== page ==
|Victor M. Johnson
|He whose name heads this sketch is a prominent and highly respected citizen of Lakeport, Ark., and the history of Chicot
County gains much of interest by claiming for its pages one so deserving of praise and admiration. Mr. Johnson was born in
this county in 1863, and is a son of Lycurgus and Lydia (Taylor) Johnson, both of whom were natives of the far-famed
Blue-Grass State. The father gave most of his attention to tilling the soil, and was a gentleman of superior education, having
graduated with honors at Bardstown, Ky., and ranking among the Kentuckians noted for hospitality, dignity and social culture.
He amassed a large fortune during the span of years allotted him, and emigrated to Chicot County, Ark., where he engaged in
planting, and passed the latter portion of his life surrounded by the peaceful and beautiful charms of a rural life, free from the
busy din of city life, and where, surrounded by all the comforts that wealth can provide, he lived happily and contentedly until
he reached his fifty-eighth year. To them were born twelve children, seven of whom are now living, the subject of this sketch
being the youngest of the family. The names of these children are: Joel, John H., Bent T., Mary J., Linnie, Theodore, Annie,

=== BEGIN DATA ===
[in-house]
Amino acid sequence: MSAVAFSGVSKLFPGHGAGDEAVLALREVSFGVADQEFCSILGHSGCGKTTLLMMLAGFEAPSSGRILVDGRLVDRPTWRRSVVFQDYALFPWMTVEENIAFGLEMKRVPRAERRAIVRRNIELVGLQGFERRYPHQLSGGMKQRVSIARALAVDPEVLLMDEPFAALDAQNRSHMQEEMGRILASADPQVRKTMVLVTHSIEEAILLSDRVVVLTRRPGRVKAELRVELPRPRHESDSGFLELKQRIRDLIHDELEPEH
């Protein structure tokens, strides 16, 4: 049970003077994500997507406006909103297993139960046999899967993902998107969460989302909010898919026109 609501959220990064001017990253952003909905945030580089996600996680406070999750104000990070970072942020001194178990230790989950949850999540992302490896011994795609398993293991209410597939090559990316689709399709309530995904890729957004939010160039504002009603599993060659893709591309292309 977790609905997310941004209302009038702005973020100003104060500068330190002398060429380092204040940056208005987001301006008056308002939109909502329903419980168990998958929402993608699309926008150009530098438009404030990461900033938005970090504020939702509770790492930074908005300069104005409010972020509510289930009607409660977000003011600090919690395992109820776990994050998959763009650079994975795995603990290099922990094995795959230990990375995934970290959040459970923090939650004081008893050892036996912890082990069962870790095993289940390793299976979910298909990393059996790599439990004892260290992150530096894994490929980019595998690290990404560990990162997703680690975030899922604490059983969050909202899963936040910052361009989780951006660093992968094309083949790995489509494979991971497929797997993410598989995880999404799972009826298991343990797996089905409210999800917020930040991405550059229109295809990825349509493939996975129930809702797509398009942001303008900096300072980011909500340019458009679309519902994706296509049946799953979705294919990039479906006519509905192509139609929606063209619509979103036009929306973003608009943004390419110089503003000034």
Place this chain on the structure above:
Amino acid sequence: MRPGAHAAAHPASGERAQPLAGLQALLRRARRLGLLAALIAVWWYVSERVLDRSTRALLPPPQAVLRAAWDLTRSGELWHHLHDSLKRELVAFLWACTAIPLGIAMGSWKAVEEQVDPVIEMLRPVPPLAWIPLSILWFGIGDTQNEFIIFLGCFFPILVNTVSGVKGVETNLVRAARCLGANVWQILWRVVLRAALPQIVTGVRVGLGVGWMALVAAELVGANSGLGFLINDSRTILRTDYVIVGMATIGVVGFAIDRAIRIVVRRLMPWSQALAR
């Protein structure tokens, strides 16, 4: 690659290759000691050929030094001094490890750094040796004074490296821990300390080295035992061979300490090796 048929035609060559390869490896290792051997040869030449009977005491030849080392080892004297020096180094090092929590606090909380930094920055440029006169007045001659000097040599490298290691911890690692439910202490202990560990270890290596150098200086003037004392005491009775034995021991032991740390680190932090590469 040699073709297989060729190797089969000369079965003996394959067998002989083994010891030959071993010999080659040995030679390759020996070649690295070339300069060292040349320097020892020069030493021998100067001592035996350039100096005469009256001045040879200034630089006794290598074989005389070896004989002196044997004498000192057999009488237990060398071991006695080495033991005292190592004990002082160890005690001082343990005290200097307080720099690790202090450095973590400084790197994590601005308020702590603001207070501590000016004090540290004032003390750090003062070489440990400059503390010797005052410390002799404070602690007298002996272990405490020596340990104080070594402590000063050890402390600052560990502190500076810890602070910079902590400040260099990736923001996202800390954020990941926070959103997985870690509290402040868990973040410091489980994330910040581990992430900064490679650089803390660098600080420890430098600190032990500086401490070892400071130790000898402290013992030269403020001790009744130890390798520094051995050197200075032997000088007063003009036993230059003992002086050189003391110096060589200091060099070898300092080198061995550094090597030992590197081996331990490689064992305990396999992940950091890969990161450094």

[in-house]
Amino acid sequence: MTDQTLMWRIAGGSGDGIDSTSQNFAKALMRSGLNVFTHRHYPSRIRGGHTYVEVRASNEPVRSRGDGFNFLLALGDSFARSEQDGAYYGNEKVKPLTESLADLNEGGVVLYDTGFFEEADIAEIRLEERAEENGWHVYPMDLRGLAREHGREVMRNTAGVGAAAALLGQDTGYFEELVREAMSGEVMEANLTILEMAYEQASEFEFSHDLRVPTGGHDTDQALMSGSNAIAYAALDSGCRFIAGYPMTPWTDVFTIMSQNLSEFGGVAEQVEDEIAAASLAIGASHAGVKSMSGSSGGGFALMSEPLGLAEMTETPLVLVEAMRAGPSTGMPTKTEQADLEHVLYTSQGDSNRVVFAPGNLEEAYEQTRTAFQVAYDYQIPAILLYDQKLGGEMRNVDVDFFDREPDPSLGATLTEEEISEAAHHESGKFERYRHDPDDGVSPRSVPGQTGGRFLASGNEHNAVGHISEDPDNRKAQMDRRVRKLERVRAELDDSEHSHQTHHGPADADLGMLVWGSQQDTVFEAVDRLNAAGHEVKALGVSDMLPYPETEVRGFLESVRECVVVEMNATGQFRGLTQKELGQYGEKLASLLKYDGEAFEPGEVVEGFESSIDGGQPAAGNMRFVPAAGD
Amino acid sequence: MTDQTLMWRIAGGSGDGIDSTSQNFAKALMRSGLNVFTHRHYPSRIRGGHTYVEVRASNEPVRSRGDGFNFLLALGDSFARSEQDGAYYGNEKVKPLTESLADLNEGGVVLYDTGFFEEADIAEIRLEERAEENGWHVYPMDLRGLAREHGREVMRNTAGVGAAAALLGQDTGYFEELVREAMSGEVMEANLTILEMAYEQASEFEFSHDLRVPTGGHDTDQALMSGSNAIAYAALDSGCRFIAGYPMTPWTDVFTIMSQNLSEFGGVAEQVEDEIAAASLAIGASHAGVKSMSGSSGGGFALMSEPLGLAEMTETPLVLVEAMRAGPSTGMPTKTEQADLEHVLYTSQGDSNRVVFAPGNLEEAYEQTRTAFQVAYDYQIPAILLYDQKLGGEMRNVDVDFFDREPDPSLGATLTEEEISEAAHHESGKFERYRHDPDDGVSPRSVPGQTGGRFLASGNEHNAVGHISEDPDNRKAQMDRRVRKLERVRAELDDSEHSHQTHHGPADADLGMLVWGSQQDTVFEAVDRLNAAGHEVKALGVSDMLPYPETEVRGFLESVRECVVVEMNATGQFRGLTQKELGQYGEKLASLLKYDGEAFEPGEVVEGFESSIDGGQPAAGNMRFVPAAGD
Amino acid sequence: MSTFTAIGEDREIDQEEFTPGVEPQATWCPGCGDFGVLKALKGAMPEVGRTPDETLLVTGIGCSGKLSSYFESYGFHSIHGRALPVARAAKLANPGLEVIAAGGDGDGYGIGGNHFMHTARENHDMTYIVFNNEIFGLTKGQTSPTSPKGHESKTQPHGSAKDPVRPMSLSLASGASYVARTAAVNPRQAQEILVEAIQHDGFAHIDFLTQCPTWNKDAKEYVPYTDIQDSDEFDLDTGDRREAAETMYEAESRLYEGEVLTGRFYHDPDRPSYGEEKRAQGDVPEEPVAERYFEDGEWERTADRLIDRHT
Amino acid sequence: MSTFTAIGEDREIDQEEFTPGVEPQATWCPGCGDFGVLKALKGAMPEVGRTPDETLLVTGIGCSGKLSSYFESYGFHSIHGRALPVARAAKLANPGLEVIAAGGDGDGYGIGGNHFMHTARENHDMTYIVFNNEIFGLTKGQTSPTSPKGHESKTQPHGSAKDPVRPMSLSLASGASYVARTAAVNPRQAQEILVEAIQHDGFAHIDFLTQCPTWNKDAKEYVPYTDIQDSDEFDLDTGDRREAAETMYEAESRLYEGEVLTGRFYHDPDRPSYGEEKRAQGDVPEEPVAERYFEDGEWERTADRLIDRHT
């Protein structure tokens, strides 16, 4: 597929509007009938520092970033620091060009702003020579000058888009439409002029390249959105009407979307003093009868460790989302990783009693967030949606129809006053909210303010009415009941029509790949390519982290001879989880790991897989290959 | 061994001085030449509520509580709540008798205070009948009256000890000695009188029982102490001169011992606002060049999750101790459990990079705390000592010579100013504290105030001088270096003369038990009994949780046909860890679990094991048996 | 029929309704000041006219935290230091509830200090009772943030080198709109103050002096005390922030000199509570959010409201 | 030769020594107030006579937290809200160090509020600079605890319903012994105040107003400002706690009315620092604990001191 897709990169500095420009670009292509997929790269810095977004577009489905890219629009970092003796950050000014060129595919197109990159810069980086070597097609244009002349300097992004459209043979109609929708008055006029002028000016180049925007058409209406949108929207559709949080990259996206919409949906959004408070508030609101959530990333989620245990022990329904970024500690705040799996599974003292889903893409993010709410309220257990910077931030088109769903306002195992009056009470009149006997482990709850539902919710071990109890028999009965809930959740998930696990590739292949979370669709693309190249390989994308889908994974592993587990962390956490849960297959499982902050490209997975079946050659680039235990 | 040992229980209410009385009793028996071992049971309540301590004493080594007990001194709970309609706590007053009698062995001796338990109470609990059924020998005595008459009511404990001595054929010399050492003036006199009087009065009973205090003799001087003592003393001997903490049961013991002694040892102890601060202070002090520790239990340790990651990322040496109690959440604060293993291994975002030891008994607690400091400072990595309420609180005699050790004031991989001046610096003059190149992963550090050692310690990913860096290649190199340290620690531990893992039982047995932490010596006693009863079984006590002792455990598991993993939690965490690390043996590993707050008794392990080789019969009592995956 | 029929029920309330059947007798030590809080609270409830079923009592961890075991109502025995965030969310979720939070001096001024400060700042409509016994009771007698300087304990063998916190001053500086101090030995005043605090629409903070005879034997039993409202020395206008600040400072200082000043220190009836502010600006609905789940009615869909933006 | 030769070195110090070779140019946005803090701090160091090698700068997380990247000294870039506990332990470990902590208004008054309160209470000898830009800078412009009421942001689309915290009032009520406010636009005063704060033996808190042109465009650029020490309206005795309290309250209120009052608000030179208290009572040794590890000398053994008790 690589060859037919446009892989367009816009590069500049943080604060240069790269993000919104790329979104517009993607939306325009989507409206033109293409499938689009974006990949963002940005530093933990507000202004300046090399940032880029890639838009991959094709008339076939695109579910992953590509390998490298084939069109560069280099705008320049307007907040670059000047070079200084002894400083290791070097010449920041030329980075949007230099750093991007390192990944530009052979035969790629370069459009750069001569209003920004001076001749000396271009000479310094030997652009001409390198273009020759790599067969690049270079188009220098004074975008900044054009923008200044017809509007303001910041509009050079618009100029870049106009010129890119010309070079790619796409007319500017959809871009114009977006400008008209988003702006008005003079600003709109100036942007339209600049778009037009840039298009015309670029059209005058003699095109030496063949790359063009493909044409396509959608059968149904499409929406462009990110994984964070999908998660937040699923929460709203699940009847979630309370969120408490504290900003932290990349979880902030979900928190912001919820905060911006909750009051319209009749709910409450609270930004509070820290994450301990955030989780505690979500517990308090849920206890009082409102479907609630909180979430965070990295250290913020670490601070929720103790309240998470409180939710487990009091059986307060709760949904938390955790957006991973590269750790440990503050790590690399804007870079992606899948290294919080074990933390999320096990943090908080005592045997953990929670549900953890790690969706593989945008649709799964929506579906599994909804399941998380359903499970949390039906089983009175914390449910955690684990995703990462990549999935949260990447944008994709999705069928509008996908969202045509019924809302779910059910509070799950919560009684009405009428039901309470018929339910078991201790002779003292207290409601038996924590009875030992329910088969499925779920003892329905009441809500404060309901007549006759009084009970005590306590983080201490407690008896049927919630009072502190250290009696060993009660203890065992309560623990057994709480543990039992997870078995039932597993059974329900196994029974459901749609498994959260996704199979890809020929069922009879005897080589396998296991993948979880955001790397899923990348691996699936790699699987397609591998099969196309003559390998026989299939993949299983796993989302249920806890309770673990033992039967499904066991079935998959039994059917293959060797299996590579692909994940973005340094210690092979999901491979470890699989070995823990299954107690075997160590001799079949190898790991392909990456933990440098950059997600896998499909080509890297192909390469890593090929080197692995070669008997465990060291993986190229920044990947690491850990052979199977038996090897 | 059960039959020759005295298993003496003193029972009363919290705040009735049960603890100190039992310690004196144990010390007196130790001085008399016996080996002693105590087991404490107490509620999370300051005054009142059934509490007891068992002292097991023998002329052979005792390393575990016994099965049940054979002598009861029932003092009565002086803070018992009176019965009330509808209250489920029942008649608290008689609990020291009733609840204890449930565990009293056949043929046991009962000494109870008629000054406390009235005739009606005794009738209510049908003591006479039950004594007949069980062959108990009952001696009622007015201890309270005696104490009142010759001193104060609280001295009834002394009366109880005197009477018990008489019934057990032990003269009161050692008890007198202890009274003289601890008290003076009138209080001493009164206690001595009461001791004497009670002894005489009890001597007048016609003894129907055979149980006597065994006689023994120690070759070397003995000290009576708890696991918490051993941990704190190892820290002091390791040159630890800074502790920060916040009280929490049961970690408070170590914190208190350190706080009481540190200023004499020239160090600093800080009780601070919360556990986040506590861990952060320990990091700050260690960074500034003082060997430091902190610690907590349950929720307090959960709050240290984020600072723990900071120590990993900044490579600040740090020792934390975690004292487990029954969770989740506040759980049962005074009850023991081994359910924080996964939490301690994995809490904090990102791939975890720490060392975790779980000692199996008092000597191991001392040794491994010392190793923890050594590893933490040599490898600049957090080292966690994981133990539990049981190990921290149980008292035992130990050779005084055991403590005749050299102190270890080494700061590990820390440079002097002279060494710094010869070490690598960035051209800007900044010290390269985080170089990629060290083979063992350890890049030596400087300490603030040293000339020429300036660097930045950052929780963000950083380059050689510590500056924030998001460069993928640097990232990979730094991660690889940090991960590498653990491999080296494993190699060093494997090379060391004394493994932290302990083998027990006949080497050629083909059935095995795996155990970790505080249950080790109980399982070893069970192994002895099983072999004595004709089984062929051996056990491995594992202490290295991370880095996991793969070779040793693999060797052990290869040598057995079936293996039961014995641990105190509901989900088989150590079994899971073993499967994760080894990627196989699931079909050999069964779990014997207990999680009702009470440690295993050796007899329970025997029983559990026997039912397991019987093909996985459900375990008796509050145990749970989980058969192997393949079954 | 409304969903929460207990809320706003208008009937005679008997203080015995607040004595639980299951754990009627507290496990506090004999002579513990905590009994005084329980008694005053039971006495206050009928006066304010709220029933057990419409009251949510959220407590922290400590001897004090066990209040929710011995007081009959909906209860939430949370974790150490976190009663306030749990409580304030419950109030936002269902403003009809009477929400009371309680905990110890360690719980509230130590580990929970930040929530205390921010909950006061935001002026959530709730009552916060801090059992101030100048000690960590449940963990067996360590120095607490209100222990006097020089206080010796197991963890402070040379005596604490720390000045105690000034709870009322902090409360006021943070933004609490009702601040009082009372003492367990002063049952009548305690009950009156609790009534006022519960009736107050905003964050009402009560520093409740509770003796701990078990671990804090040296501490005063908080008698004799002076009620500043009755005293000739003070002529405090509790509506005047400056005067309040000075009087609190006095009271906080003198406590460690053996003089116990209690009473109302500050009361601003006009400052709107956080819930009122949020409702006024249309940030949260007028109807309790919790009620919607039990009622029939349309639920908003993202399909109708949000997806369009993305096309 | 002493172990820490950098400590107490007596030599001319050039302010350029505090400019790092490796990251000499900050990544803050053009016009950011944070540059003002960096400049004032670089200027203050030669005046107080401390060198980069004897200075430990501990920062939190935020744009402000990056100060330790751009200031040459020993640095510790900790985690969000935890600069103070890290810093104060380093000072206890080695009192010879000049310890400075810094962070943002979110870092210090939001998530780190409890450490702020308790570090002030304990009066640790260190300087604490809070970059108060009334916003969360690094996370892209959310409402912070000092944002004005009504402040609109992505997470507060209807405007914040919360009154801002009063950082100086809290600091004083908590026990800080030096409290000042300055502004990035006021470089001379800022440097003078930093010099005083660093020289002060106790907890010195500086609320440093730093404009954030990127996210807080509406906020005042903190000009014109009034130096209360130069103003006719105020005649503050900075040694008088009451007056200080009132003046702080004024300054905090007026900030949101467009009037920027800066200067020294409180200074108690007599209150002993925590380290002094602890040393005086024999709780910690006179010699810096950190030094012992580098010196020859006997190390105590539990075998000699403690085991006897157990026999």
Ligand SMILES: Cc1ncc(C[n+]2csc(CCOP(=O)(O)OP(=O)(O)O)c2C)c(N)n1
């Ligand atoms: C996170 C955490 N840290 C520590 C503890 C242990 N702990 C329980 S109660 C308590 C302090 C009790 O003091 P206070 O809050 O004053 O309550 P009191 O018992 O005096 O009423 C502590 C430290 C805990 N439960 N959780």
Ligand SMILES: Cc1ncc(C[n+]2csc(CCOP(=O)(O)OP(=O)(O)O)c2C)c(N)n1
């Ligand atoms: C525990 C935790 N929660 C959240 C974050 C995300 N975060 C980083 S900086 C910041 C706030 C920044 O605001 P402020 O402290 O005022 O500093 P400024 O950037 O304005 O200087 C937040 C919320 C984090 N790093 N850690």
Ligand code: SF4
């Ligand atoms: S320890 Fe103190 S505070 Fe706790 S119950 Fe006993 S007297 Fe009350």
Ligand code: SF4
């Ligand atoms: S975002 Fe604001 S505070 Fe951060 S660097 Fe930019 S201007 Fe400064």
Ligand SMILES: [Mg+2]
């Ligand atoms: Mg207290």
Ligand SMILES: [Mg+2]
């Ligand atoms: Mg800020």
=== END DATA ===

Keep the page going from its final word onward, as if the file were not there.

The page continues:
Carl, Walter L., Julia J. and Victor M.
The subject of this sketch, Victor, attended school during a great part of his early life, and when older entered the Arkansas
University, at Little Rock, where he remained a number of years; he attended Bellevue Hospital at New York, and graduated
from that celebrated school in 1888, at which date he returnd (sic) home to practice medicine, and has been kept busy with
his chosen profession up to the present time, and is considered an excellent physician. Besides he has a good deal of real
estate, which is valuable and is in a fine state of cultivation. Mr. Johnson belongs to the Democratic party, and while he is not
specially active in political matters, yet, at the same time, he is always ready to advance the cause of every worthy enterprise
and advance the interests of the community in which he resides.